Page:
Where are Russia-Iran relations going?

08:18, April 27, 2010      

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Russian Foreign Minister Sergei Lavrov has recently told Iran that there will be "serious consequences" if Tehran keeps its stance on the nuclear issue. Lavrov's remarks were considered as the most serious warning Russia has issued to Iran so far.

Meanwhile, Russia also announced it would not support the final document of the international nuclear disarmament conference recently held in Tehran.

As a new round of U.N. sanctions against Iran is taking shape, the latest developments in Russia-Iran relations caught the world's attention.

Many analysts are trying to find answers to the following questions: Why such a sharp turn in the Russia-Iran relationship? What is next?


Analysts say the following three reasons may explain why Russia has been increasingly tough on Iran on the nuclear issue.

The first is Russia's need to maintain a cooperative relationship with the United States. Since U.S. President Barack Obama took office in 2009, Russia and the United States are trying to improve their relations based on their strategic interests.

Earlier this month, the two countries signed a new treaty to reduce and restrict offensive strategic weapons after arduous negotiations.

Later at the Nuclear Security Summit in Washington, the two countries also signed agreements to reduce plutonium, thus reactivating the Plutonium Management and Disposition Agreement which had been suspended for 10 years.

In the context of a general improvement in Russia-U.S. relations, Russia does not want Iran's nuclear issue spoil its cooperation with the United States, and thus decided to harden its position on Iran.

Second, Russia has its own needs to resolve the Iranian nuclear issue. Since Iran turned down the International Atomic Energy Agency's proposal on nuclear fuel trading and has begun to produce enriched uranium, the process to resolve the Iranian nuclear issue has been deadlocked.

But Russia does not want to completely follow the United States and other Western countries which have been seeking stricter sanctions against Iran.

So the hardening of Russia's stance on Iran is based on calculations that by applying greater pressures on Iran and forcing it to make concessions on the nuclear issue, Russia could avoid a dilemma where it will have to choose either to offend the United States and other Western countries, or have a profound rift with Iran.

Furthermore, there are also inherent problems in Russia-Iran relations. Iran is dissatisfied with Russia's swinging positions on the nuclear issue and there are frictions between the two countries on other issues, including the incompletion of the construction of an Iranian nuclear power plant that Russia helped to build, and the delayed delivery of Russian S-300 air defense missiles.


Iran has always regarded Russia as a major shield against Western sanctions. So Russia's latest statements on the Iranian nuclear issue are undoubtedly putting Iran under greater pressure.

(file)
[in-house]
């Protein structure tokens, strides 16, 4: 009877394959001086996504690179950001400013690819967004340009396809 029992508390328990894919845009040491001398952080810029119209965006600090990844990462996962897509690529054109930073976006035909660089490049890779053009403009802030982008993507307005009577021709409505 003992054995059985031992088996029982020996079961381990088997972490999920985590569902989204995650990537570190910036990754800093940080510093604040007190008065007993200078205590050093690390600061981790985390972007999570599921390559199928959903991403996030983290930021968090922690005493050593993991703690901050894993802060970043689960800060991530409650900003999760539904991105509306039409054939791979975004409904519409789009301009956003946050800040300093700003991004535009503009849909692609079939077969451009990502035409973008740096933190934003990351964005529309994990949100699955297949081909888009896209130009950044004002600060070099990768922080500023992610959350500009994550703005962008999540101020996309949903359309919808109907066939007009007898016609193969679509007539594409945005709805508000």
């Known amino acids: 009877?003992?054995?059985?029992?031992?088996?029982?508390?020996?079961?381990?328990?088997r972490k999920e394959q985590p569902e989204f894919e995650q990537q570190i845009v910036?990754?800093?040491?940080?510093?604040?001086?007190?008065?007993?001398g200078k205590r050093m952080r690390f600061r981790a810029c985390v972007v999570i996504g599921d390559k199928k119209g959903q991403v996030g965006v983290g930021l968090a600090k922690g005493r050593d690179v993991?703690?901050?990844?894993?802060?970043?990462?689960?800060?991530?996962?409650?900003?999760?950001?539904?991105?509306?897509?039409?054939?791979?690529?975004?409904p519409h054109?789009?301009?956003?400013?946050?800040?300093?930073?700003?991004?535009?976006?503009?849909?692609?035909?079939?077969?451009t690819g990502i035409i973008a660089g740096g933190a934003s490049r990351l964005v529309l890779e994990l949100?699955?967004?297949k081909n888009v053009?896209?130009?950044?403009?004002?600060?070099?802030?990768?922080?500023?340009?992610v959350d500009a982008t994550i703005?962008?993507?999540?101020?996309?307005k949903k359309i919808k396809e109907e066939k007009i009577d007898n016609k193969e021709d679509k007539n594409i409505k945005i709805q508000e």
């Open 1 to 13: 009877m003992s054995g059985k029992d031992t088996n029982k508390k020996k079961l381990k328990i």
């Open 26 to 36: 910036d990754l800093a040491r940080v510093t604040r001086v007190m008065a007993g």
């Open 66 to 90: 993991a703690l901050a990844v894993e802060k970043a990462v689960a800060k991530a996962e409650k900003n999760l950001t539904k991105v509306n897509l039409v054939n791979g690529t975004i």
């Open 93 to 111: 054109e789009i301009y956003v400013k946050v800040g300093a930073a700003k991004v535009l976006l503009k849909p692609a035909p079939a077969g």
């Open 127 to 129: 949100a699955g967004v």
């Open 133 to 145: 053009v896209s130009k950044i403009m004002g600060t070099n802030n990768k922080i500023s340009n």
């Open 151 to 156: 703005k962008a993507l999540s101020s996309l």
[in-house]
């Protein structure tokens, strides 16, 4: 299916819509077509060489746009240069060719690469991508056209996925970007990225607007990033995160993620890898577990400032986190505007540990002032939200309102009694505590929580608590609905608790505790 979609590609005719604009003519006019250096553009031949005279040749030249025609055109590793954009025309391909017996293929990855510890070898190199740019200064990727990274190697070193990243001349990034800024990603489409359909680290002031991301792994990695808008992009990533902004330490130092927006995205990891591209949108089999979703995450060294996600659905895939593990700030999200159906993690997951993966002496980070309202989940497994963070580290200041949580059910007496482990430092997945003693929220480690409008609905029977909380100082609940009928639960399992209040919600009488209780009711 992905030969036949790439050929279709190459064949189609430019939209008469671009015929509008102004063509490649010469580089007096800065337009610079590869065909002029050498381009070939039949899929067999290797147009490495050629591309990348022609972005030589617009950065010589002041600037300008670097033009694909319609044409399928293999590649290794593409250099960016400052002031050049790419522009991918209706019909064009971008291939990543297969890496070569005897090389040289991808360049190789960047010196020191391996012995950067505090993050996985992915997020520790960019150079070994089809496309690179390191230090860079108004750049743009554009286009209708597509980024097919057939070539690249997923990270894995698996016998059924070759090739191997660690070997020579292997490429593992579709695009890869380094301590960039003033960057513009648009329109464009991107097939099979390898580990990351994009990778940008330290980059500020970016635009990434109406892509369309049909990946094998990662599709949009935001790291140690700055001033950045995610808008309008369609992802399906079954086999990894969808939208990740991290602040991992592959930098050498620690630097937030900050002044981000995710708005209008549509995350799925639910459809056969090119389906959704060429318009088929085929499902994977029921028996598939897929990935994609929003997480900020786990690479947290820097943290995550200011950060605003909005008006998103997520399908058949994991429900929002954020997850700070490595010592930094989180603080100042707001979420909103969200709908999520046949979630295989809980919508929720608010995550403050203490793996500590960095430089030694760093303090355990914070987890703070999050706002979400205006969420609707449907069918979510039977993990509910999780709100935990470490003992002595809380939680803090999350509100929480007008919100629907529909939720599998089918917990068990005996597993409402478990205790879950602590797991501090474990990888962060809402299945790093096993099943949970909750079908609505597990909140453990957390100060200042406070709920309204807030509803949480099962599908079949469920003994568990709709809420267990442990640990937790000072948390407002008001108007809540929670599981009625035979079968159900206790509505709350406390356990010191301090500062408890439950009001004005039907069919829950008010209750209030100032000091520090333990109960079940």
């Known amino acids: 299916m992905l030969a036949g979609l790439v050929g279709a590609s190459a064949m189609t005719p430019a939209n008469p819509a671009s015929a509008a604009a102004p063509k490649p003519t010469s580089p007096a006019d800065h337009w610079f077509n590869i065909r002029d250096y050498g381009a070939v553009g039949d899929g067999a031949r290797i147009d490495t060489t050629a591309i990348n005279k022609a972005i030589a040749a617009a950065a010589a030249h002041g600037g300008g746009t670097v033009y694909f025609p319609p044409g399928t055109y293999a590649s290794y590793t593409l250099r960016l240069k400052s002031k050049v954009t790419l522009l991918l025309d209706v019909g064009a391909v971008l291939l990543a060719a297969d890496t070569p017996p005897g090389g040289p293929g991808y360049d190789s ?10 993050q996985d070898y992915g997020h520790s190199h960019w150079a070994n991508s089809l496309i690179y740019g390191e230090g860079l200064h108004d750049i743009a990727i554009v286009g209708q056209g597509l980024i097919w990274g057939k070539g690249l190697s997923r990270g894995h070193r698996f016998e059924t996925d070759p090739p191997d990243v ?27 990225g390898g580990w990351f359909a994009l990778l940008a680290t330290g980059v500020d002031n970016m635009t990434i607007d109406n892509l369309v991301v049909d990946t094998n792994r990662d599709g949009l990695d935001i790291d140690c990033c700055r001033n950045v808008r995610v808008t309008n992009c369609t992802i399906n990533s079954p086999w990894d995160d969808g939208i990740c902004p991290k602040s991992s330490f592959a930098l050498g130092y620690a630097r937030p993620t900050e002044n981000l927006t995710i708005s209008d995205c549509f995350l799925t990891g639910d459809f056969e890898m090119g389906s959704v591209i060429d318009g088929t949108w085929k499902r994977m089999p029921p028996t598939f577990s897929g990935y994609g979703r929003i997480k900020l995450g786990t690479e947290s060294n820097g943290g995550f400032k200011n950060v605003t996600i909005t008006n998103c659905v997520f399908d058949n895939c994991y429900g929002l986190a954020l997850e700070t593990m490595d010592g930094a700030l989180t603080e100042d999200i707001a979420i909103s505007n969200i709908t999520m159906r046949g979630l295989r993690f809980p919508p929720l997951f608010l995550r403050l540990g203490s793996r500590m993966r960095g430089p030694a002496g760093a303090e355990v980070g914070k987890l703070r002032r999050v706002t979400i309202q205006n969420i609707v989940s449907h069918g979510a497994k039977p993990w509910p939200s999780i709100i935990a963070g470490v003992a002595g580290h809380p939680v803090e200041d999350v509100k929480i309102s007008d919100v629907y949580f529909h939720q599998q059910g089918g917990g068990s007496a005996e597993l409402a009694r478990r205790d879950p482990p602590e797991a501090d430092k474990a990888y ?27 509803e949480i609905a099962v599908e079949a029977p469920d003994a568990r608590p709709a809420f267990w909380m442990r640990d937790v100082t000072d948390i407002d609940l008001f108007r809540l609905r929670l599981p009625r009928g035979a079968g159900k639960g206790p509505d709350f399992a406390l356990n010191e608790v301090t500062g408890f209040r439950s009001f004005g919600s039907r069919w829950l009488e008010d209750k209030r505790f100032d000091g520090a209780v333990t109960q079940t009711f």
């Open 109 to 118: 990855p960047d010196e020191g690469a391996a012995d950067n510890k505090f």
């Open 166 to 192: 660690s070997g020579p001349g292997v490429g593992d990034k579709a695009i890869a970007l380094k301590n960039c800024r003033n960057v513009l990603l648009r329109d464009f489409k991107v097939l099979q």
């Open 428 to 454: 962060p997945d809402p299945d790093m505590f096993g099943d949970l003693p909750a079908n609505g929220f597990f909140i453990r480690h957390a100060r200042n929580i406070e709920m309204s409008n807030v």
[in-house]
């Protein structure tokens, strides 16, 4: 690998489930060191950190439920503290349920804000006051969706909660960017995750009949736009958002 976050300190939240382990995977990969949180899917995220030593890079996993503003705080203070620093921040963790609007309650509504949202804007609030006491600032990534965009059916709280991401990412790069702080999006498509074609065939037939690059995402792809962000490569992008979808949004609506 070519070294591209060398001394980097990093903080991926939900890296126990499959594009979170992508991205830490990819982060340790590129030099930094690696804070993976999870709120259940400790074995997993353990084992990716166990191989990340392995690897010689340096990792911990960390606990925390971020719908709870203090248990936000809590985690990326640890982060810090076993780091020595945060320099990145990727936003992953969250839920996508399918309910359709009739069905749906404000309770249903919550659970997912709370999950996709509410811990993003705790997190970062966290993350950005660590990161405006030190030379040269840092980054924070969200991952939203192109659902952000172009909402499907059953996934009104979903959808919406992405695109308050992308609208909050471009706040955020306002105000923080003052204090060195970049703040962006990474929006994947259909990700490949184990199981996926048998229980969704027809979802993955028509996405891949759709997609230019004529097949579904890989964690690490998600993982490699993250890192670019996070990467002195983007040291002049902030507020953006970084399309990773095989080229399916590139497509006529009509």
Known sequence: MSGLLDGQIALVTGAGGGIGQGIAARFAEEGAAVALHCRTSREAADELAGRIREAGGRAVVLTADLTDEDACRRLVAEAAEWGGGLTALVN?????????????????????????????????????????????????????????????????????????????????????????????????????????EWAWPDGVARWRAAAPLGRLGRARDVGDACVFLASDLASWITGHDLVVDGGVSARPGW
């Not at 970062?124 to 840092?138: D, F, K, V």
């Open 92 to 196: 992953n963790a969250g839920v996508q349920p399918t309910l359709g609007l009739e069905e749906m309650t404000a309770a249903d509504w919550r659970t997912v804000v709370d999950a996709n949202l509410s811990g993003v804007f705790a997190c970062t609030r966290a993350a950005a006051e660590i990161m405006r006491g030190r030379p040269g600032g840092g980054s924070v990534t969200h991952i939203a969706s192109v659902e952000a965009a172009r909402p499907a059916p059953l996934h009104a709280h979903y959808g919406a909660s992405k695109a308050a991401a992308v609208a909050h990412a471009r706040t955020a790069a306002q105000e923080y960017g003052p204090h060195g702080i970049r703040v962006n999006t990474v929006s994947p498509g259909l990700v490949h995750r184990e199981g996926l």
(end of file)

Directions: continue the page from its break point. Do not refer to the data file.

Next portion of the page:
However, analysts pointed out that Tehran has taken the development of nuclear technology and peaceful use of nuclear energy as the country's established strategy, which is part of its national pride and its pursuit of regional power status.

So it is unlikely for Iran to completely yield to Russian pressure.

As a reminder, even in the face of serious threats from the United States, Iran has not changed its position on the nuclear issue. So in this case, it will still be difficult for Russia to force Iran to change course completely.

Iran has recently made a series of defiant moves to the threats from the United States. On April 9, during the National Nuclear Technology Day celebrations, Iranian President Mahmoud Ahmadinejad announced that Iran has developed third-generation centrifuges, touting the country's ability to develop nuclear technology on its own.

When the nuclear security summit was held in Washington, the Iranian government countered with convening an international nuclear disarmament conference in Tehran.

Iran also staged large-scale military exercises in the Gulf and the Strait of Hormuz, demonstrating its determination and ability to secure the region.


Differences over the Iranian nuclear issue has caused tension in Russia-Iran relations. Will the relationship break up?

Analysts said that in fact, Russia has not essentially changed its basic positions on the the Iranian nuclear issue and has generally been adhering to the "contention and cooperation" approach.

Russia acknowledges Iran's right to the peaceful use of nuclear energy, but says its nuclear program must be put under supervision and inspection of the international community. In other words, Iran's nuclear program must be based on the peaceful use of nuclear energy and cannot be used to develop nuclear weapons.

Analysts believe that Russia may continue to take a tough stance based on its own interests and the need to cooperate with the United States on global strategy unless Iran softens its position on the nuclear issue and cooperates with the international community.

But many Russian experts said the hard-line stance will unlikely lead to a complete breakup of the Russia-Iran relationship, which is not in the interests of Russia, and that Russia's tough stance is more verbal than practical.

Analysts said that by worsening its relations with Iran, a key regional power, Russia's position in the Middle East could be weakened, and by abandoning a traditional ally, Russia's image as a world power could be undermined.

In addition, deterioration of bilateral relations will also hurt Russia's economic interests.



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